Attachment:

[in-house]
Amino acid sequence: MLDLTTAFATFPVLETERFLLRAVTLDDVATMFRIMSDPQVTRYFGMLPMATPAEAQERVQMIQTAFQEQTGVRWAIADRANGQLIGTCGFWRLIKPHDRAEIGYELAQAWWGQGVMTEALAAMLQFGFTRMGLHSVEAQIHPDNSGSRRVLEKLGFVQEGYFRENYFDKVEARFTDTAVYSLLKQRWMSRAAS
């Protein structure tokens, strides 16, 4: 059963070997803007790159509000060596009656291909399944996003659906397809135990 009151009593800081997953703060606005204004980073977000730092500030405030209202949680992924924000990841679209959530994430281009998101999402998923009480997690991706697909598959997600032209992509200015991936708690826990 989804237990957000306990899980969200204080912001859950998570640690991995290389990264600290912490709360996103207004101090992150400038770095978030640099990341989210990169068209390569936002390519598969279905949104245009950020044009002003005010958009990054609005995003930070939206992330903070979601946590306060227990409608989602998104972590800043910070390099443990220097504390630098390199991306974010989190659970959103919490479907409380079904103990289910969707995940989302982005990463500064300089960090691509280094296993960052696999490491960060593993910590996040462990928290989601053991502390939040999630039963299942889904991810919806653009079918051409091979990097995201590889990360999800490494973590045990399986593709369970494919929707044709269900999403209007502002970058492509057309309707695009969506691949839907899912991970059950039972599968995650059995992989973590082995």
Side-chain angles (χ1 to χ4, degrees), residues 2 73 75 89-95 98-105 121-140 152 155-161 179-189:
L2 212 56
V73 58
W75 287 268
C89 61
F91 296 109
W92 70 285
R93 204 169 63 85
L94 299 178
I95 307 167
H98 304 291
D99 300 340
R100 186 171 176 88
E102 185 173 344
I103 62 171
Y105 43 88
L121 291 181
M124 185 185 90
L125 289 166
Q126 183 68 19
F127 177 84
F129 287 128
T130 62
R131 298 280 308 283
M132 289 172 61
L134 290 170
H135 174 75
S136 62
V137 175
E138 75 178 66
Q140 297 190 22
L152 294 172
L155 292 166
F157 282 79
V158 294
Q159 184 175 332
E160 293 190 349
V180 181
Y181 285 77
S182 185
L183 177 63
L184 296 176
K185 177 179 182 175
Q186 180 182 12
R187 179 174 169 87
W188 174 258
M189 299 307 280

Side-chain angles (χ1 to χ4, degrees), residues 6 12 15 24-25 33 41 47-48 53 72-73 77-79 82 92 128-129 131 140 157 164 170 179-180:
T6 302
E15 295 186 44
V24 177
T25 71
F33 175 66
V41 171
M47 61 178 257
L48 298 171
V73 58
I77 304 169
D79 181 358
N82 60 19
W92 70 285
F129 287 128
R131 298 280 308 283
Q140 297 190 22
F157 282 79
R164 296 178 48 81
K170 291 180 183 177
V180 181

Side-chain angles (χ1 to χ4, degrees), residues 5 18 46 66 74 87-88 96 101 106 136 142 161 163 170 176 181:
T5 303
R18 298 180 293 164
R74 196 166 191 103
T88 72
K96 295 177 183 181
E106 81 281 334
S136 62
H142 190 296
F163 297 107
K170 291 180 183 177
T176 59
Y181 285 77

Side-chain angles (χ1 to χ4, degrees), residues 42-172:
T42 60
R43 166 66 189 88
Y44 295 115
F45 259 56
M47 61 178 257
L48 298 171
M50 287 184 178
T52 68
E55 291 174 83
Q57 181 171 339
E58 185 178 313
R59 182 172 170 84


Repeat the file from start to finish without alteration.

[in-house]
Amino acid sequence: MLDLTTAFATFPVLETERFLLRAVTLDDVATMFRIMSDPQVTRYFGMLPMATPAEAQERVQMIQTAFQEQTGVRWAIADRANGQLIGTCGFWRLIKPHDRAEIGYELAQAWWGQGVMTEALAAMLQFGFTRMGLHSVEAQIHPDNSGSRRVLEKLGFVQEGYFRENYFDKVEARFTDTAVYSLLKQRWMSRAAS
């Protein structure tokens, strides 16, 4: 059963070997803007790159509000060596009656291909399944996003659906397809135990 009151009593800081997953703060606005204004980073977000730092500030405030209202949680992924924000990841679209959530994430281009998101999402998923009480997690991706697909598959997600032209992509200015991936708690826990 989804237990957000306990899980969200204080912001859950998570640690991995290389990264600290912490709360996103207004101090992150400038770095978030640099990341989210990169068209390569936002390519598969279905949104245009950020044009002003005010958009990054609005995003930070939206992330903070979601946590306060227990409608989602998104972590800043910070390099443990220097504390630098390199991306974010989190659970959103919490479907409380079904103990289910969707995940989302982005990463500064300089960090691509280094296993960052696999490491960060593993910590996040462990928290989601053991502390939040999630039963299942889904991810919806653009079918051409091979990097995201590889990360999800490494973590045990399986593709369970494919929707044709269900999403209007502002970058492509057309309707695009969506691949839907899912991970059950039972599968995650059995992989973590082995």
Side-chain angles (χ1 to χ4, degrees), residues 2 73 75 89-95 98-105 121-140 152 155-161 179-189:
L2 212 56
V73 58
W75 287 268
C89 61
F91 296 109
W92 70 285
R93 204 169 63 85
L94 299 178
I95 307 167
H98 304 291
D99 300 340
R100 186 171 176 88
E102 185 173 344
I103 62 171
Y105 43 88
L121 291 181
M124 185 185 90
L125 289 166
Q126 183 68 19
F127 177 84
F129 287 128
T130 62
R131 298 280 308 283
M132 289 172 61
L134 290 170
H135 174 75
S136 62
V137 175
E138 75 178 66
Q140 297 190 22
L152 294 172
L155 292 166
F157 282 79
V158 294
Q159 184 175 332
E160 293 190 349
V180 181
Y181 285 77
S182 185
L183 177 63
L184 296 176
K185 177 179 182 175
Q186 180 182 12
R187 179 174 169 87
W188 174 258
M189 299 307 280

Side-chain angles (χ1 to χ4, degrees), residues 6 12 15 24-25 33 41 47-48 53 72-73 77-79 82 92 128-129 131 140 157 164 170 179-180:
T6 302
E15 295 186 44
V24 177
T25 71
F33 175 66
V41 171
M47 61 178 257
L48 298 171
V73 58
I77 304 169
D79 181 358
N82 60 19
W92 70 285
F129 287 128
R131 298 280 308 283
Q140 297 190 22
F157 282 79
R164 296 178 48 81
K170 291 180 183 177
V180 181

Side-chain angles (χ1 to χ4, degrees), residues 5 18 46 66 74 87-88 96 101 106 136 142 161 163 170 176 181:
T5 303
R18 298 180 293 164
R74 196 166 191 103
T88 72
K96 295 177 183 181
E106 81 281 334
S136 62
H142 190 296
F163 297 107
K170 291 180 183 177
T176 59
Y181 285 77

Side-chain angles (χ1 to χ4, degrees), residues 42-172:
T42 60
R43 166 66 189 88
Y44 295 115
F45 259 56
M47 61 178 257
L48 298 171
M50 287 184 178
T52 68
E55 291 174 83
Q57 181 171 339
E58 185 178 313
R59 182 172 170 84